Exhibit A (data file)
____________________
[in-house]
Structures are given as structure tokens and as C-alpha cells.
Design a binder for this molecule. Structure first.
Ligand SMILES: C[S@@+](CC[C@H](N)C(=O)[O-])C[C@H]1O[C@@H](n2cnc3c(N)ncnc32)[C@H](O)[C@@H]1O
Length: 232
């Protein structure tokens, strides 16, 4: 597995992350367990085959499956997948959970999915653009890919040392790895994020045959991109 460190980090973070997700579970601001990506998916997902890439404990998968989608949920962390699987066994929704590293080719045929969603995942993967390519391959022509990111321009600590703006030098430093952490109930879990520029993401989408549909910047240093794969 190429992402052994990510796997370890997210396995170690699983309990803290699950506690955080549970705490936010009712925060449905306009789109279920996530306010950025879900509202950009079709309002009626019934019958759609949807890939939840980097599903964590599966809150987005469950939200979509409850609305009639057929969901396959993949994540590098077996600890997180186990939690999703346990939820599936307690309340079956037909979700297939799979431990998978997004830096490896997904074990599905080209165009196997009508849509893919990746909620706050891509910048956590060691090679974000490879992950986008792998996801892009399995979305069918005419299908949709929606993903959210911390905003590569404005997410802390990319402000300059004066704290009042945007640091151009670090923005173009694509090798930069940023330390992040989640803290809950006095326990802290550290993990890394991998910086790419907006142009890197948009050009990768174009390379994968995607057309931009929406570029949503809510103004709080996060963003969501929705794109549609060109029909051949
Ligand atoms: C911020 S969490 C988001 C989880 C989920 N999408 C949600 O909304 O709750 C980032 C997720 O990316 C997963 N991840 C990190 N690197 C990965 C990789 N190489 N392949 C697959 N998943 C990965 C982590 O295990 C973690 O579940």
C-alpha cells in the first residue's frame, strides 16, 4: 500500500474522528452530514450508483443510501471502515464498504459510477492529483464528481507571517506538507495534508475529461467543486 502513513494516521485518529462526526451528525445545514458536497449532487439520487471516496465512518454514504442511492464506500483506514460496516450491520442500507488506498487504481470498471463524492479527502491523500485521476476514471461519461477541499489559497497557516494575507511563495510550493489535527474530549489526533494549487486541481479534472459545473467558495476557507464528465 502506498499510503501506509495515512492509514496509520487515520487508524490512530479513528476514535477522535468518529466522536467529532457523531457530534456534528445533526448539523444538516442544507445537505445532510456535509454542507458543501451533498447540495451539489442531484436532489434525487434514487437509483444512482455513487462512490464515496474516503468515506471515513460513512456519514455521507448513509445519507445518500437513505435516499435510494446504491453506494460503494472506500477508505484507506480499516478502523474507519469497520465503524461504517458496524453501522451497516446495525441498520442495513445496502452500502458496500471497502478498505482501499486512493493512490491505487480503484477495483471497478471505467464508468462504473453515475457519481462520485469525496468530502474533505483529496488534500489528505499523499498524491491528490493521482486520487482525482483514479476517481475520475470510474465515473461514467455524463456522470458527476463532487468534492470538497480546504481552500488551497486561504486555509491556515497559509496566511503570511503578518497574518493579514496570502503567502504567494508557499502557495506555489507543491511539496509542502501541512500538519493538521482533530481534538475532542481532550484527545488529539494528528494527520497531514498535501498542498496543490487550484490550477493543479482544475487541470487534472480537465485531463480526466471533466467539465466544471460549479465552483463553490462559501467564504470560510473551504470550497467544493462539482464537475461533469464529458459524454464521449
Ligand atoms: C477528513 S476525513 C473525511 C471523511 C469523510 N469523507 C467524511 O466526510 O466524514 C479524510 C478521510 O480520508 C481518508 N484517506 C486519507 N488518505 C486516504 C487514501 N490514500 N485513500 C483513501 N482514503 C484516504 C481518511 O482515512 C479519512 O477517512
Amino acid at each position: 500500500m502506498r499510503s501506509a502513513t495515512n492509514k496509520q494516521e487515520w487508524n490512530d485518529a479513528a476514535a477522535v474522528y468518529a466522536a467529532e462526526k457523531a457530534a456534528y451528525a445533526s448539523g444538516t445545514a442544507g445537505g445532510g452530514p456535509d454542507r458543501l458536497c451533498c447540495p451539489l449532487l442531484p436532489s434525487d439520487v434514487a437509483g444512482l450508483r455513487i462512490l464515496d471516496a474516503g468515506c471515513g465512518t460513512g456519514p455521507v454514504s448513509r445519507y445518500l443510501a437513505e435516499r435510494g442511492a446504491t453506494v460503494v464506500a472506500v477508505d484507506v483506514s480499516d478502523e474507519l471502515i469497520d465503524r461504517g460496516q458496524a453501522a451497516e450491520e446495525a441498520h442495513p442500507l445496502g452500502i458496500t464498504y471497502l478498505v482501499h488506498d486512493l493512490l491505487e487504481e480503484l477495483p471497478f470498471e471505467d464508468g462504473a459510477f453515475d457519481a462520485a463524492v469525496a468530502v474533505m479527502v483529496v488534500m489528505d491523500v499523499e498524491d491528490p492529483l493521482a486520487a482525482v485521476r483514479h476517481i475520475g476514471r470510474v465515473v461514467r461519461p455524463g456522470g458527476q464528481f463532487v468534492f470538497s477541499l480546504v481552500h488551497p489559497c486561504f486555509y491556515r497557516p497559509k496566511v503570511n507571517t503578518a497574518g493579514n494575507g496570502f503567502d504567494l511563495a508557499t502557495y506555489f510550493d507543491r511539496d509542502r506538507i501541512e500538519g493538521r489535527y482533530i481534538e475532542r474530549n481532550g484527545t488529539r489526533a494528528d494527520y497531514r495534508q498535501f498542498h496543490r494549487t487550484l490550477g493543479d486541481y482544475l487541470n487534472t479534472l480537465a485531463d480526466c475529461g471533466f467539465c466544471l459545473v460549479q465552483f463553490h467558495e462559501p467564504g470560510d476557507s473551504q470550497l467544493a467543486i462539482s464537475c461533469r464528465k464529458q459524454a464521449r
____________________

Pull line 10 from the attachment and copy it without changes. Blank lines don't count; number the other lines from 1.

Amino acid at each position: 500500500m502506498r499510503s501506509a502513513t495515512n492509514k496509520q494516521e487515520w487508524n490512530d485518529a479513528a476514535a477522535v474522528y468518529a466522536a467529532e462526526k457523531a457530534a456534528y451528525a445533526s448539523g444538516t445545514a442544507g445537505g445532510g452530514p456535509d454542507r458543501l458536497c451533498c447540495p451539489l449532487l442531484p436532489s434525487d439520487v434514487a437509483g444512482l450508483r455513487i462512490l464515496d471516496a474516503g468515506c471515513g465512518t460513512g456519514p455521507v454514504s448513509r445519507y445518500l443510501a437513505e435516499r435510494g442511492a446504491t453506494v460503494v464506500a472506500v477508505d484507506v483506514s480499516d478502523e474507519l471502515i469497520d465503524r461504517g460496516q458496524a453501522a451497516e450491520e446495525a441498520h442495513p442500507l445496502g452500502i458496500t464498504y471497502l478498505v482501499h488506498d486512493l493512490l491505487e487504481e480503484l477495483p471497478f470498471e471505467d464508468g462504473a459510477f453515475d457519481a462520485a463524492v469525496a468530502v474533505m479527502v483529496v488534500m489528505d491523500v499523499e498524491d491528490p492529483l493521482a486520487a482525482v485521476r483514479h476517481i475520475g476514471r470510474v465515473v461514467r461519461p455524463g456522470g458527476q464528481f463532487v468534492f470538497s477541499l480546504v481552500h488551497p489559497c486561504f486555509y491556515r497557516p497559509k496566511v503570511n507571517t503578518a497574518g493579514n494575507g496570502f503567502d504567494l511563495a508557499t502557495y506555489f510550493d507543491r511539496d509542502r506538507i501541512e500538519g493538521r489535527y482533530i481534538e475532542r474530549n481532550g484527545t488529539r489526533a494528528d494527520y497531514r495534508q498535501f498542498h496543490r494549487t487550484l490550477g493543479d486541481y482544475l487541470n487534472t479534472l480537465a485531463d480526466c475529461g471533466f467539465c466544471l459545473v460549479q465552483f463553490h467558495e462559501p467564504g470560510d476557507s473551504q470550497l467544493a467543486i462539482s464537475c461533469r464528465k464529458q459524454a464521449r